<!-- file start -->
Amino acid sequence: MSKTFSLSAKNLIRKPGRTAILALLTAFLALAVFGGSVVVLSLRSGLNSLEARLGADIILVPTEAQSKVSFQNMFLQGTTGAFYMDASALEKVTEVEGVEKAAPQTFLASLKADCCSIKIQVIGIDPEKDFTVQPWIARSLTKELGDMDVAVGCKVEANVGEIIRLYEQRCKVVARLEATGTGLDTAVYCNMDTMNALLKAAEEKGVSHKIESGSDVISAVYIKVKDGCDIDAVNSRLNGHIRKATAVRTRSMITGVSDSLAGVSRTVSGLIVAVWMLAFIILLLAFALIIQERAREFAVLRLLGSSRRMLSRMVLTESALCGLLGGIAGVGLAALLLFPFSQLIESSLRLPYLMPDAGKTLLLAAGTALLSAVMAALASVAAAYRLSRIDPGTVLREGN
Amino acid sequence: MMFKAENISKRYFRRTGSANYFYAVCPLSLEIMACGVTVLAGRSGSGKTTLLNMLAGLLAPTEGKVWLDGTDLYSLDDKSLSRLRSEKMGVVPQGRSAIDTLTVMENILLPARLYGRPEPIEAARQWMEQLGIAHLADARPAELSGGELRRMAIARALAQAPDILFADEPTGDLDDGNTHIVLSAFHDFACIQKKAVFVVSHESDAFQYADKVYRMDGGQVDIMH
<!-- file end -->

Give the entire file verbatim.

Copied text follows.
Amino acid sequence: MSKTFSLSAKNLIRKPGRTAILALLTAFLALAVFGGSVVVLSLRSGLNSLEARLGADIILVPTEAQSKVSFQNMFLQGTTGAFYMDASALEKVTEVEGVEKAAPQTFLASLKADCCSIKIQVIGIDPEKDFTVQPWIARSLTKELGDMDVAVGCKVEANVGEIIRLYEQRCKVVARLEATGTGLDTAVYCNMDTMNALLKAAEEKGVSHKIESGSDVISAVYIKVKDGCDIDAVNSRLNGHIRKATAVRTRSMITGVSDSLAGVSRTVSGLIVAVWMLAFIILLLAFALIIQERAREFAVLRLLGSSRRMLSRMVLTESALCGLLGGIAGVGLAALLLFPFSQLIESSLRLPYLMPDAGKTLLLAAGTALLSAVMAALASVAAAYRLSRIDPGTVLREGN
Amino acid sequence: MMFKAENISKRYFRRTGSANYFYAVCPLSLEIMACGVTVLAGRSGSGKTTLLNMLAGLLAPTEGKVWLDGTDLYSLDDKSLSRLRSEKMGVVPQGRSAIDTLTVMENILLPARLYGRPEPIEAARQWMEQLGIAHLADARPAELSGGELRRMAIARALAQAPDILFADEPTGDLDDGNTHIVLSAFHDFACIQKKAVFVVSHESDAFQYADKVYRMDGGQVDIMH